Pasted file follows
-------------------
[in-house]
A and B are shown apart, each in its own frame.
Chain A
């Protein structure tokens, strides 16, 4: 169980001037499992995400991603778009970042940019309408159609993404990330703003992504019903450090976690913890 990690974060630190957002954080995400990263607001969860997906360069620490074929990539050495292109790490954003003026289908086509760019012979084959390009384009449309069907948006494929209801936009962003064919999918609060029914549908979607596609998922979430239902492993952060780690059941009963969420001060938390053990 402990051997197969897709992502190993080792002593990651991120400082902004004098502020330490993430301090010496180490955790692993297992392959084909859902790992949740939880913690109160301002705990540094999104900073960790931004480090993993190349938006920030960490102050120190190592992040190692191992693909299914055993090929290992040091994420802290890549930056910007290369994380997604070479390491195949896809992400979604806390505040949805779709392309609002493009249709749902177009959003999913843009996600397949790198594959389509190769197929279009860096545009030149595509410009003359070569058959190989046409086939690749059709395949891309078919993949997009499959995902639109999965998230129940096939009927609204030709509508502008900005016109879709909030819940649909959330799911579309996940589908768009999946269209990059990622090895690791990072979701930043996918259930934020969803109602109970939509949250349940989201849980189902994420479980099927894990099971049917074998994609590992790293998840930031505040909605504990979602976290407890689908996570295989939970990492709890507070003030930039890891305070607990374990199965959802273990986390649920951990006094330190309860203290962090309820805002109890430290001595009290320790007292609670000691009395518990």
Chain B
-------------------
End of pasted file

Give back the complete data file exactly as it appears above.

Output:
[in-house]
A and B are shown apart, each in its own frame.
Chain A
């Protein structure tokens, strides 16, 4: 169980001037499992995400991603778009970042940019309408159609993404990330703003992504019903450090976690913890 990690974060630190957002954080995400990263607001969860997906360069620490074929990539050495292109790490954003003026289908086509760019012979084959390009384009449309069907948006494929209801936009962003064919999918609060029914549908979607596609998922979430239902492993952060780690059941009963969420001060938390053990 402990051997197969897709992502190993080792002593990651991120400082902004004098502020330490993430301090010496180490955790692993297992392959084909859902790992949740939880913690109160301002705990540094999104900073960790931004480090993993190349938006920030960490102050120190190592992040190692191992693909299914055993090929290992040091994420802290890549930056910007290369994380997604070479390491195949896809992400979604806390505040949805779709392309609002493009249709749902177009959003999913843009996600397949790198594959389509190769197929279009860096545009030149595509410009003359070569058959190989046409086939690749059709395949891309078919993949997009499959995902639109999965998230129940096939009927609204030709509508502008900005016109879709909030819940649909959330799911579309996940589908768009999946269209990059990622090895690791990072979701930043996918259930934020969803109602109970939509949250349940989201849980189902994420479980099927894990099971049917074998994609590992790293998840930031505040909605504990979602976290407890689908996570295989939970990492709890507070003030930039890891305070607990374990199965959802273990986390649920951990006094330190309860203290962090309820805002109890430290001595009290320790007292609670000691009395518990």
Chain B